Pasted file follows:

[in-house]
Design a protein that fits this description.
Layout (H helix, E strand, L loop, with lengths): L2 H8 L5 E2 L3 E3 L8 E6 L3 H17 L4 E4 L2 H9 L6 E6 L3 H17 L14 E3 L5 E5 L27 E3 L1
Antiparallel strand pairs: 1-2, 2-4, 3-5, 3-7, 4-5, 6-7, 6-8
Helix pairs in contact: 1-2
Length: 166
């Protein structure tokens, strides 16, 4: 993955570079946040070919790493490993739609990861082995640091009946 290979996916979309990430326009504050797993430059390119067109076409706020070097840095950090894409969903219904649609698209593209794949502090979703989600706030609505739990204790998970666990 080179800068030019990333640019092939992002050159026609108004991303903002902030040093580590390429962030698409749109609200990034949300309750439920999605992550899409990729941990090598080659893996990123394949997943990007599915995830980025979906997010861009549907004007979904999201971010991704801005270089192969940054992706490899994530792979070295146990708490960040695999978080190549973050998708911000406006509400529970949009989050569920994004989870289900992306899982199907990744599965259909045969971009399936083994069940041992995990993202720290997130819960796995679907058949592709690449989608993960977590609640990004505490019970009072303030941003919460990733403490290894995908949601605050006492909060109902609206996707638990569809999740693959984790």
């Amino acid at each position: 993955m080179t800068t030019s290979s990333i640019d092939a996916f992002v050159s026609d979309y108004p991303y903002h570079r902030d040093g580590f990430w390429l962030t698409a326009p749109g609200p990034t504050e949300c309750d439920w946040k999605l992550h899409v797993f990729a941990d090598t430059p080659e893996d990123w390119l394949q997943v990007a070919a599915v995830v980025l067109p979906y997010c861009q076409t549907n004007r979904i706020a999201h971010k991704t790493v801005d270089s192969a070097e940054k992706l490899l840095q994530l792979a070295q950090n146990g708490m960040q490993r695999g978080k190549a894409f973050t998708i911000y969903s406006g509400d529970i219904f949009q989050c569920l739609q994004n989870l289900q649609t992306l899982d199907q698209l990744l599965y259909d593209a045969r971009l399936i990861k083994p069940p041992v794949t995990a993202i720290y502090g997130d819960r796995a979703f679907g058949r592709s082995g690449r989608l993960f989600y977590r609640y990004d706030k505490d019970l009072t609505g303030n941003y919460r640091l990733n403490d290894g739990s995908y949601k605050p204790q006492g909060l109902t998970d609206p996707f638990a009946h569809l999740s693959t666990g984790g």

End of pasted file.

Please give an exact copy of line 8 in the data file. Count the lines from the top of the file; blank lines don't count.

């Amino acid at each position: 993955m080179t800068t030019s290979s990333i640019d092939a996916f992002v050159s026609d979309y108004p991303y903002h570079r902030d040093g580590f990430w390429l962030t698409a326009p749109g609200p990034t504050e949300c309750d439920w946040k999605l992550h899409v797993f990729a941990d090598t430059p080659e893996d990123w390119l394949q997943v990007a070919a599915v995830v980025l067109p979906y997010c861009q076409t549907n004007r979904i706020a999201h971010k991704t790493v801005d270089s192969a070097e940054k992706l490899l840095q994530l792979a070295q950090n146990g708490m960040q490993r695999g978080k190549a894409f973050t998708i911000y969903s406006g509400d529970i219904f949009q989050c569920l739609q994004n989870l289900q649609t992306l899982d199907q698209l990744l599965y259909d593209a045969r971009l399936i990861k083994p069940p041992v794949t995990a993202i720290y502090g997130d819960r796995a979703f679907g058949r592709s082995g690449r989608l993960f989600y977590r609640y990004d706030k505490d019970l009072t609505g303030n941003y919460r640091l990733n403490d290894g739990s995908y949601k605050p204790q006492g909060l109902t998970d609206p996707f638990a009946h569809l999740s693959t666990g984790g």